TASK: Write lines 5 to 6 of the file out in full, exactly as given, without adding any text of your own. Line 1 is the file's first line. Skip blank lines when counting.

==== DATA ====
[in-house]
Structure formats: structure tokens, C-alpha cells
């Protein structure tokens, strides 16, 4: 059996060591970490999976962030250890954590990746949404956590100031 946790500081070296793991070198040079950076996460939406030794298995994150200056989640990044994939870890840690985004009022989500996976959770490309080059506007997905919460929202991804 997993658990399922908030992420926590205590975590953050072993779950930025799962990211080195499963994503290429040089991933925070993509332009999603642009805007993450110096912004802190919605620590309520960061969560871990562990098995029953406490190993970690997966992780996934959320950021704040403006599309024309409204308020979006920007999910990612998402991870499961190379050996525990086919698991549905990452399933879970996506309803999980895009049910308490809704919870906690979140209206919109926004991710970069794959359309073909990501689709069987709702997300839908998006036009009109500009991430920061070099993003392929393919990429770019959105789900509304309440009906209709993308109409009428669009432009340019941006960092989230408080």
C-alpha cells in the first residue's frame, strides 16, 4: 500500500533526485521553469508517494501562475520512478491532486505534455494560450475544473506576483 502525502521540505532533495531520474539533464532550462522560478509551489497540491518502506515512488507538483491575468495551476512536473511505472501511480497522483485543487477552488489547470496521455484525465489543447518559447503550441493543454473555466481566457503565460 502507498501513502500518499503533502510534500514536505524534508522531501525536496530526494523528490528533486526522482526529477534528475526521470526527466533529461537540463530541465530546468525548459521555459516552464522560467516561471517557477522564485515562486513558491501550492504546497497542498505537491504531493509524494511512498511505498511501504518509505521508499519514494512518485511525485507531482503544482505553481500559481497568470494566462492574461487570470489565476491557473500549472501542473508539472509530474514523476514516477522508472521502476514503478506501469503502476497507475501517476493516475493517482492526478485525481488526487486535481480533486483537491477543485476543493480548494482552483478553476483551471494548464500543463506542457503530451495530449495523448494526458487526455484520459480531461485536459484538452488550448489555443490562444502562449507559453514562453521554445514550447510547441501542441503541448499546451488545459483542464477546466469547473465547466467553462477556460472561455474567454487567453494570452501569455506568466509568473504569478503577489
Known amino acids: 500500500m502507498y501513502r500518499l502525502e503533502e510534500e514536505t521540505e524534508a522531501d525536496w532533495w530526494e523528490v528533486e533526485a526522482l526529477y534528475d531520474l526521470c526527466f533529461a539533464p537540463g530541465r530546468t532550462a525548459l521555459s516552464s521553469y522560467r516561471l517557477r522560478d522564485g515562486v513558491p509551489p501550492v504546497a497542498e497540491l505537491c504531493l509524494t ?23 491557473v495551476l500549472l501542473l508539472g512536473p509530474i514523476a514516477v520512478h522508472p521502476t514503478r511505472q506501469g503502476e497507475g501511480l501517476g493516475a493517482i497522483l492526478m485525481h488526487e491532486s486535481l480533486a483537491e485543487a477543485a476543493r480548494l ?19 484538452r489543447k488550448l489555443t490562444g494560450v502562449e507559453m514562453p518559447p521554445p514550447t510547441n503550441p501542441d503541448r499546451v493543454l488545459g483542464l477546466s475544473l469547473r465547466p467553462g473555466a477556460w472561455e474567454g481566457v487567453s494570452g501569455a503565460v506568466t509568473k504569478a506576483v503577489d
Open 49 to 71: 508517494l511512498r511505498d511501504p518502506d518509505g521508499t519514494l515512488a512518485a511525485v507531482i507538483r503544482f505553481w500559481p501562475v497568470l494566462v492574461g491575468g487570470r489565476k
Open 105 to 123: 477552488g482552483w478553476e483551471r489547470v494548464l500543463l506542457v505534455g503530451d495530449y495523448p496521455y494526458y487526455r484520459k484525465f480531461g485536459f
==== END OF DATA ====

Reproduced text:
Known amino acids: 500500500m502507498y501513502r500518499l502525502e503533502e510534500e514536505t521540505e524534508a522531501d525536496w532533495w530526494e523528490v528533486e533526485a526522482l526529477y534528475d531520474l526521470c526527466f533529461a539533464p537540463g530541465r530546468t532550462a525548459l521555459s516552464s521553469y522560467r516561471l517557477r522560478d522564485g515562486v513558491p509551489p501550492v504546497a497542498e497540491l505537491c504531493l509524494t ?23 491557473v495551476l500549472l501542473l508539472g512536473p509530474i514523476a514516477v520512478h522508472p521502476t514503478r511505472q506501469g503502476e497507475g501511480l501517476g493516475a493517482i497522483l492526478m485525481h488526487e491532486s486535481l480533486a483537491e485543487a477543485a476543493r480548494l ?19 484538452r489543447k488550448l489555443t490562444g494560450v502562449e507559453m514562453p518559447p521554445p514550447t510547441n503550441p501542441d503541448r499546451v493543454l488545459g483542464l477546466s475544473l469547473r465547466p467553462g473555466a477556460w472561455e474567454g481566457v487567453s494570452g501569455a503565460v506568466t509568473k504569478a506576483v503577489d
Open 49 to 71: 508517494l511512498r511505498d511501504p518502506d518509505g521508499t519514494l515512488a512518485a511525485v507531482i507538483r503544482f505553481w500559481p501562475v497568470l494566462v492574461g491575468g487570470r489565476k